Comment


                  #9
                  If you want the lights to come on only at night, you might use something like this:
                  IF motion_detected becomes On
                  AND IF The time is nighttime (after sunset, before sunrise)
                  THEN set all_lights On


                  Now suppose you want to turn off the lights if there has been no motion (i.e., the detection relay has been open/reset) for, say 5 minutes. An easy way to satisfy this need is to create another event similar to this:
                  IF motion_detected has been False for exactly 5m,0s
                  THEN set all_lights Off


                  Let's look at some implications of this second event:
                  • The sensor design will usually keep the relay output active for a predetermined period past the last motion detection. It may be a second or two, or it may be a minute. The event offered above will keep the lights on / cameras running for an additional 5 minutes after the motion detector resets.
                  • If a person or animal is lurking, that motion_detected relay will may be going on and off as the animal/person moves around. You probably don't want your lights/cameras to be tracking this on/off sequence. Once the lights are turned on by the first event, they will stay on for a full 5 minutes after the motion sensor no longer detects motion.
                  • If the lights have been turned on for some other reason -- perhaps you are expecting a guest -- then motion_detected will not become true until the guest arrives. The IF trigger for the second event cannot be satisfied until 5 minutes after motion_detected resets, so the lights will stay on indefinitely as the guest is awaited.
                  • A common mistake is to set up an event that runs continuously (i.e., once every second) when the desired condition has been satisfied. That's why the trigger for the second event above uses "exactly" instead of the "at least" option.
                  Now let's turn to the "working in the yard" situation. If you're working in the yard during the day, the lights won't be on, and they won't turn on. But what if you want to work in the yard at night in an area where the motion detector will notice you? So you turn on the lights with a switch before you go outside. The first event will trigger, but it turns on lights that were already on, so no harm done. And if you keep moving around as you work -- i.e., motion-detected at least once every 5 minutes, then the lights won't go off. But if you take a break or move outside the sensor range for 5 minutes, then you might very well find yourself in the dark.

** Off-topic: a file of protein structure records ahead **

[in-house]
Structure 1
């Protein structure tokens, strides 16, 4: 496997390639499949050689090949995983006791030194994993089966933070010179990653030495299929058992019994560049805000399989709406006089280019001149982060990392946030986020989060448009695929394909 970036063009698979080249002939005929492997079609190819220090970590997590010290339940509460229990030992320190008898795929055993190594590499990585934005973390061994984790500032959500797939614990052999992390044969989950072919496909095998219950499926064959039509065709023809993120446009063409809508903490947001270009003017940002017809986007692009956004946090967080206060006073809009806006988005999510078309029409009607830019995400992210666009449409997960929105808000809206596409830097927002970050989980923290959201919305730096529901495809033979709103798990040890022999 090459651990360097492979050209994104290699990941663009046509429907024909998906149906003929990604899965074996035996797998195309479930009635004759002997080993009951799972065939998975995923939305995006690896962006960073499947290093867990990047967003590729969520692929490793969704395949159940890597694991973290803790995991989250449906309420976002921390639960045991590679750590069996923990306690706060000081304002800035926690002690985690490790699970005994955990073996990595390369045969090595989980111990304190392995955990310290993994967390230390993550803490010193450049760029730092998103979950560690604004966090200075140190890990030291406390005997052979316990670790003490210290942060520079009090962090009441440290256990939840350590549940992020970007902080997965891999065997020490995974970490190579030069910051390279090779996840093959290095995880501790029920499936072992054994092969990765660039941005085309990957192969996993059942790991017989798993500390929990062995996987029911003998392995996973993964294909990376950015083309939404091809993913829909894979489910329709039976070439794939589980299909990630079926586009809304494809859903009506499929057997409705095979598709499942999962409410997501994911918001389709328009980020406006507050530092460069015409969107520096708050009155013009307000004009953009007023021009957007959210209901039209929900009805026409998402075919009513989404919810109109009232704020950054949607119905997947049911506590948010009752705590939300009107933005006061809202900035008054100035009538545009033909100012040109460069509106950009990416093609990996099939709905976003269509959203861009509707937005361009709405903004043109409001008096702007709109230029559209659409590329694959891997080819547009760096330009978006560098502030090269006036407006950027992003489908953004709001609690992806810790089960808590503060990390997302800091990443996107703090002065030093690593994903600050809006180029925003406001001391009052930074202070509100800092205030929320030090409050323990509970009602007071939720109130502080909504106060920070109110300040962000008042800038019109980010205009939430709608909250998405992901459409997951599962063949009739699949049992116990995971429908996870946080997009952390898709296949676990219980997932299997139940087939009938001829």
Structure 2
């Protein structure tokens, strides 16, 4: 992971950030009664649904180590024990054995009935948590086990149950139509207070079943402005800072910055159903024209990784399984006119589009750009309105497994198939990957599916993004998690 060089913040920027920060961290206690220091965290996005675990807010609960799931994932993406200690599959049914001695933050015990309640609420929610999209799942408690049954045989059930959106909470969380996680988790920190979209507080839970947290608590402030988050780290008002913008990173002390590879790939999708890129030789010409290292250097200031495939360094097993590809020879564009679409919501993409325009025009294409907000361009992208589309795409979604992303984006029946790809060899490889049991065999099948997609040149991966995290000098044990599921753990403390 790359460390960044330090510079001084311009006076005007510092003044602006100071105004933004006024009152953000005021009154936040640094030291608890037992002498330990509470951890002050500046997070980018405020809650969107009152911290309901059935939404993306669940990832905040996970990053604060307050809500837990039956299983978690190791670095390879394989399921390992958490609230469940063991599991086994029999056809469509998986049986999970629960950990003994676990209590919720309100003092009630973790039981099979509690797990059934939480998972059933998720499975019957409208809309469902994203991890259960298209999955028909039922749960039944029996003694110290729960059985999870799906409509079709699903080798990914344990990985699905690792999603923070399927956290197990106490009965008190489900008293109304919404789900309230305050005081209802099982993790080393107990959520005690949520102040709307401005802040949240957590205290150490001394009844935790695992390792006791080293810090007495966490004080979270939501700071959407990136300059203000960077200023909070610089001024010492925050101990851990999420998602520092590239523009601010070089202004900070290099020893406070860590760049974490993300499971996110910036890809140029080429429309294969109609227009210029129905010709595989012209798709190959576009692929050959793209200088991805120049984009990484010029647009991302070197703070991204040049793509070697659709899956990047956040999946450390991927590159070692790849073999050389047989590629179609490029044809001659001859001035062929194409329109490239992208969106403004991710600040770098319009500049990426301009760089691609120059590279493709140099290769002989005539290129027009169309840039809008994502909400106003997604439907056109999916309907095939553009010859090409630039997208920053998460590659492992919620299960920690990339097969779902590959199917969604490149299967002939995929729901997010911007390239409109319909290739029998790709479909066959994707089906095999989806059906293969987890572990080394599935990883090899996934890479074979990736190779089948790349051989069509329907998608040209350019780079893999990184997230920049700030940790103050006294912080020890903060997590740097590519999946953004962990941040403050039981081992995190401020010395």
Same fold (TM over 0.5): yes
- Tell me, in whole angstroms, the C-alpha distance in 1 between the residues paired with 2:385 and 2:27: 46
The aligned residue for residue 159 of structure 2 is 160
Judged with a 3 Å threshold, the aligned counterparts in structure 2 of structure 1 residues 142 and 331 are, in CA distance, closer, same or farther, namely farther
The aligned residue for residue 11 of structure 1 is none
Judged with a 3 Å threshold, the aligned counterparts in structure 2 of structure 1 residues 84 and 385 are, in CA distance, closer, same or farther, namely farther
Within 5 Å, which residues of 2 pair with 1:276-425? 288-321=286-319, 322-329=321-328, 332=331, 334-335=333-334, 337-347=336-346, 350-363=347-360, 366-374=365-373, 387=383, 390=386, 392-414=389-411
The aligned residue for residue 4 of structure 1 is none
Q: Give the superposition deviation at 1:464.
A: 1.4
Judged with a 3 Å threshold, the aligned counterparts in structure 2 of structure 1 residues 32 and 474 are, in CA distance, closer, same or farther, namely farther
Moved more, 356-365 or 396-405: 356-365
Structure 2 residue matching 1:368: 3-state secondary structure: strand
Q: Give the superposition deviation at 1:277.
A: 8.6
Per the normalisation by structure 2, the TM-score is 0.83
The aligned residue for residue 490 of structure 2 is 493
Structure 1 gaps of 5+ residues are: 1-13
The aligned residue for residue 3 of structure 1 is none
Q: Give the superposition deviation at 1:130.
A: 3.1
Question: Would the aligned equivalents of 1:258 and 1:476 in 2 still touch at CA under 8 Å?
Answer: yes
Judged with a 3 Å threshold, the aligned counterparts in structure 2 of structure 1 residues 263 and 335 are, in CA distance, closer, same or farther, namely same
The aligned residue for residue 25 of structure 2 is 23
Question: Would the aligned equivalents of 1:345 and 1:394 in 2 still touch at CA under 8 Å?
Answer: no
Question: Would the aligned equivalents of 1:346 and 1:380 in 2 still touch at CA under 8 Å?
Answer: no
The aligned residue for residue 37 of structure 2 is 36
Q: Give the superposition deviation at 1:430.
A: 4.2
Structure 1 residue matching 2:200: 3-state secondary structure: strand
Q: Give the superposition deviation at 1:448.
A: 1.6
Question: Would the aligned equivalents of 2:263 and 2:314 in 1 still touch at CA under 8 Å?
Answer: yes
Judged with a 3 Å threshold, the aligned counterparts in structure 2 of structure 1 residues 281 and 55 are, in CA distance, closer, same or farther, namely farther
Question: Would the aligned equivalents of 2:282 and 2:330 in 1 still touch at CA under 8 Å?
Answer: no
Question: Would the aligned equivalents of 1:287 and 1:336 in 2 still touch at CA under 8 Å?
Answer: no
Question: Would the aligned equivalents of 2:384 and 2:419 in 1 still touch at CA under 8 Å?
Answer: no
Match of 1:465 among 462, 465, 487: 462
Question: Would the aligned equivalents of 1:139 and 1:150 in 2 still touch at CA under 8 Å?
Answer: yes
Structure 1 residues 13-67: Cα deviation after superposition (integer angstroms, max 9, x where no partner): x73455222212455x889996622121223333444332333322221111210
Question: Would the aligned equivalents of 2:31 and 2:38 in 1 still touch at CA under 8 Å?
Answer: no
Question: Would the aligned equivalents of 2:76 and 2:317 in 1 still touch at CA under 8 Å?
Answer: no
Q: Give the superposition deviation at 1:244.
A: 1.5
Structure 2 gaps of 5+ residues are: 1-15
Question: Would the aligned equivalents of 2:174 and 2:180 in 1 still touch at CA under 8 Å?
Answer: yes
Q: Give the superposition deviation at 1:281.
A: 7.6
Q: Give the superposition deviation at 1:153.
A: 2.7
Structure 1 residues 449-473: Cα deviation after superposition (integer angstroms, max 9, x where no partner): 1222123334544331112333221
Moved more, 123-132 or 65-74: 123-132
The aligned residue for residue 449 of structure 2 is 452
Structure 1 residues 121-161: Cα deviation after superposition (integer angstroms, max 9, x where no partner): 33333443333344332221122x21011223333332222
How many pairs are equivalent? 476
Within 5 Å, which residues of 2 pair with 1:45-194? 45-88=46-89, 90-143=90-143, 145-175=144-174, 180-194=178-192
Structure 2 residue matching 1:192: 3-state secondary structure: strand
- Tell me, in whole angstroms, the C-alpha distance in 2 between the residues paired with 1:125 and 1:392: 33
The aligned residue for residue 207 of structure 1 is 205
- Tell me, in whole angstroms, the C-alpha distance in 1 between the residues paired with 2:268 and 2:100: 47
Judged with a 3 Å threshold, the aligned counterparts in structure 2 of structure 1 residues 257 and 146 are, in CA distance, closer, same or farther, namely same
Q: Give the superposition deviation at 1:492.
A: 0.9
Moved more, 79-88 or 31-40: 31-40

One way to deal with this problem is to introduce a new virtual device. Let's call it motion_enabled. We enhance the first event:
                  IF motion_detected becomes On
                  AND IF The time is nighttime (after sunset, before sunrise)
                  AND IF all_lights Off
                  THEN set all_lights On
                  THEN set motion_enabled True


                  The second event is modified:
                  IF motion_detected has been False for exactly 5m,0s
                  AND IF motion_enabled is True
                  THEN set all_lights Off
                  THEN set motion_enabled False

                  If you've turned on the lights before going outside to work, then the first event can't run, and motion_enabled won't be set. You can go outside and do whatever you wish for as long as you wish; and you won't get caught in the dark, because neither event will be triggered. You can go back inside, and the lights will still stay on until you turn them off from a switch. Note that, the moment you turn off the lights with a switch, the motion sensor is enabled to turn on the lights when there is motion.
                  All this is from the top of my head -- I haven't done any testing. And it's possible, of course, that I misunderstand the problem. But I hope that you will find this helpful.

                  Edit:
                  If you want to control both lights and cameras, you probably don't want to lump them together. For instance, you may not want your cameras running if you just went outside to do a little night work. It should be easy to extend the system to cover this situation.

                  Comment


                    #10
                    You can also create a single event like so...

                    IF
                    Motion_Detector Had its value set to: On
                    AND IF
                    The time is nighttime (after sunset, before sunrise)
                    AND IF
                    Manual_Override_Switch is Off
                    THEN
                    Set Device:
                    Motion_Activated_Lights to: On
                    +
                    Remove Delayed Device Actions for: Motion_Activated_Lights
                    +
                    Set Device:
                    Motion_Activated_Lights to: Off
                    after a delay of 5 Minutes, 0 Seconds

                    This is neither the right nor wrong way of doing it. It's just a way that simplifies it for me, YMMV.

                    Roger D

                    Comment


                      #11
                      Just to throw another way of doing this out there you can use a dimmer for the lights and have them to come on at say 25% or so and when motion is detected they go to full brightness.

                      I do something similar with the HS-WD200+ Dimmer.
                      At Sunrise daily everything resets and LED_1 on the dimmer turns Blue

                      At Sunset daily
                      Lights turn on to 20% Brightness until Dawn with Motion Override. (The Default Operation)
                      Dimmer LED_1 now goes to Green
                      If Motion is detected during this time then LED_1 blinks red until motion is no longer detected

                      A single Tap up on the switch overrides normal operation and the lights go to 100% on with Motion disabled, LED_1 turns solid red.
                      A Double Tap Up turns off the 20% and only uses the Motion activated lighting. LED_2 turns purple.

                      A single Tap Dwn returns the system to the default 20% w/Override
                      A Double Tap Dwn Turns the lights off till the morning

                      At Sunrise everything goes back to defaults.

                      This is just one way of doing things, you can get carried away quickly if you aren't careful.

                      Roger D.

                      Comment